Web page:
F or anyone (whether a South African or a visitor, lawyer or not) who wants to understand the foundation of South Africa’s constitutional project, a reading and understanding of the Certification Judgments is an indispensable pursuit. In these two cases, the Constitutional Court convened to consider whether each of the provisions the Constitution complied with all 34 constitutional principles that had been debated and finally agreed at the Constitutional Assembly comprising all political formations in the country. The task was an onerous one. It entailed the court measuring each and every provision of the new Constitution, viewed both singly and in conjunction with one another, against the stated Constitutional Principles, irrespective of the attitude of any interested party, and then not only recording its conclusions regarding that exercise, but also making plain its reasons for each such conclusion.

In the first judgment, the Constitutional Court declined to certify the Constitution as complying with all 34 constitutional principles. It was in the second judgment that it did.

Dubbed “the solemn pact”, the 34 Constitutional Principles, which are still relevant today in the interpretation of the Constitution and development of SA’s relatively nascent constitutional jurisprudence, are listed in this document.

Of significance is the fact that everyone was invited to provide any objection s/he may have to the certification of the new Constitution and the basis for that objection. In the result, the court heard oral argument over a period of 12 days in July and November 1996. This was a particularly thorough process.

Read Certification here:

Related Documents

Certification 2

34 Constitutional Principles

Myathaza v Johannesburg Metropolitan Bus Services (SOC) Limited t/a Metrobus and Others (CCT232/15) [2016] ZACC 49; (2017) 38 ILJ 527 (CC); [2017] 3 BLLR 213 (CC); 2017 (4) BCLR 473 (CC); 2018 (1) SA 38 (CC) (15 December 2016)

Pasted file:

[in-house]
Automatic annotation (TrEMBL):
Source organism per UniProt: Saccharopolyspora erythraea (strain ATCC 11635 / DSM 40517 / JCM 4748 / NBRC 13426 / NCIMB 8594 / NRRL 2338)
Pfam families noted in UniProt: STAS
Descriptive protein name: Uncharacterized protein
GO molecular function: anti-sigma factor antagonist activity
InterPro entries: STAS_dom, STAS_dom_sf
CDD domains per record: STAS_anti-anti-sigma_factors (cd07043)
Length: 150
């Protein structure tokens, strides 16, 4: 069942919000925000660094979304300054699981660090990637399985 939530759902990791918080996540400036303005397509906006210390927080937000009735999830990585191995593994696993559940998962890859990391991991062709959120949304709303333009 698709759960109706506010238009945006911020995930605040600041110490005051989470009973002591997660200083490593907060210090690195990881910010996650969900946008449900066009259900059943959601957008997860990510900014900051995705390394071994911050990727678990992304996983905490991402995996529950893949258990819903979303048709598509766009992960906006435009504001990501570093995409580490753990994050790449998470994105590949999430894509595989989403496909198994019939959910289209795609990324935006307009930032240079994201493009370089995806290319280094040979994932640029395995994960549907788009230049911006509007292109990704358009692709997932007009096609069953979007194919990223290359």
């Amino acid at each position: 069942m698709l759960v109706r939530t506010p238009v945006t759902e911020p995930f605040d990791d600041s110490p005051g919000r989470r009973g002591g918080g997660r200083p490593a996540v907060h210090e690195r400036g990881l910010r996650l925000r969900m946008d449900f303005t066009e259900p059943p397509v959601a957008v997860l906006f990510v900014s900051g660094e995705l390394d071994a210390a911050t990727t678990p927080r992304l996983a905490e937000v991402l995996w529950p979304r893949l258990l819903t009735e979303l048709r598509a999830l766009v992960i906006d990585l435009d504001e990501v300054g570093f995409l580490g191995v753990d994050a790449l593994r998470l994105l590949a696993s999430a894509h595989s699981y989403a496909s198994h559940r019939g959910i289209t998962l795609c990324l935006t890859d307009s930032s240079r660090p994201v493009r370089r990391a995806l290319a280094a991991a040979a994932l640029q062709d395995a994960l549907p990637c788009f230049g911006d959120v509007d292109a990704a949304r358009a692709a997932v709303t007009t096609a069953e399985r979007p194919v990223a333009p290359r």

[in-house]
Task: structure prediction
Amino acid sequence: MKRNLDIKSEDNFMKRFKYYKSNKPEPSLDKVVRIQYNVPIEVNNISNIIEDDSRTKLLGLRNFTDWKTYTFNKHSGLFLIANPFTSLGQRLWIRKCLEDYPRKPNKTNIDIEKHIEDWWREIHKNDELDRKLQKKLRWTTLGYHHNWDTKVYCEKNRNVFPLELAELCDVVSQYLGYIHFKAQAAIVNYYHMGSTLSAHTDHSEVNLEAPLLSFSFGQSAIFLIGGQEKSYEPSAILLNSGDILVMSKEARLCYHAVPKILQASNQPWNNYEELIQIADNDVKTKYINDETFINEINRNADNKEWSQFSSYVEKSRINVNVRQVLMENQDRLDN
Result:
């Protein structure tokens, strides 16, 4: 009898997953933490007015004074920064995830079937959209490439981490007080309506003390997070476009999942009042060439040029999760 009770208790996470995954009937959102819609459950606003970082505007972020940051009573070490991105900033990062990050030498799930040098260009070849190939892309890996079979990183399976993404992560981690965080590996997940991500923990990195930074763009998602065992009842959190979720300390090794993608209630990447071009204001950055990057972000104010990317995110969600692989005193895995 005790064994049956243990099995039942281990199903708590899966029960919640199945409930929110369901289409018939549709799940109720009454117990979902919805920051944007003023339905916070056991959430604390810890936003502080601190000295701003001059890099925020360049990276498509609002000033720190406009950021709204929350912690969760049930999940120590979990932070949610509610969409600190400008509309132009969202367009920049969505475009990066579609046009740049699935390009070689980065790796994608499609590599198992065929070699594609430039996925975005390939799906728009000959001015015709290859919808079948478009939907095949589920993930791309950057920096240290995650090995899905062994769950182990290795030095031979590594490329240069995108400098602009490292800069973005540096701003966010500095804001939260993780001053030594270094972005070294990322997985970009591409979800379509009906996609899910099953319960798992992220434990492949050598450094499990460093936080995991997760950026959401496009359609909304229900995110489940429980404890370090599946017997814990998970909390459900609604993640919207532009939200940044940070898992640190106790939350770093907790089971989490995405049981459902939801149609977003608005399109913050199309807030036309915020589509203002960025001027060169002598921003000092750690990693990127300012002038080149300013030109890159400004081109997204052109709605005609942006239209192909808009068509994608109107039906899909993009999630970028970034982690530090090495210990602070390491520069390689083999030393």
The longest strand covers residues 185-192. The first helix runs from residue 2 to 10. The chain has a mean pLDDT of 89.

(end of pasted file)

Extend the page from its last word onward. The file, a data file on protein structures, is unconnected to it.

The issue in this case was whether an award of the CCMA for reinstatement, which had not been made an order of court or certified by the Commissioner in terms of the Labour Relations Act, constitutes a debt which prescribes after 3 years if not enforced by the employee in whose favour it was made.

The Court held that it does not. In doing so the Constitutional Court settled an old question on which there had been conflicting judgments of the Labour Court.

Read Full Judgement here

In Re: Certain Amicus Curiae Applications; Minister of Health and Others v Treatment Action Campaign and Others (CCT8/02) [2002] ZACC 13 (5 July 2002)

An amicus curiae is, literally, a friend of the court. These are Counsel who are usually invited by the court to assist it with presentation of a case (either by way of written argument or oral argument or both) on certain specified questions of law usually not raised (or sufficiently dealt with) by the main parties and which the court considers necessary for the determination of the issue(s) before it. But the most prevalent intervention of amicus curiae is when an application is made to court for intervention as an amicus curiae. This case sets out the requirements for, and expectations of the court from, an amicus curiae. In some applications for intervention as friend of the court applicants have tended to come to court with specific outcomes in mind which favour the one or the other of the main litigants.

It is generally inappropriate to approach the court for intervention as amicus curiae just to support one of the main parties. It is also inappropriate to approach court and raise matter that is irrelevant to the determination of the issues raised by the parties, or to divert attention from the issues before court.

Read Full Judgement here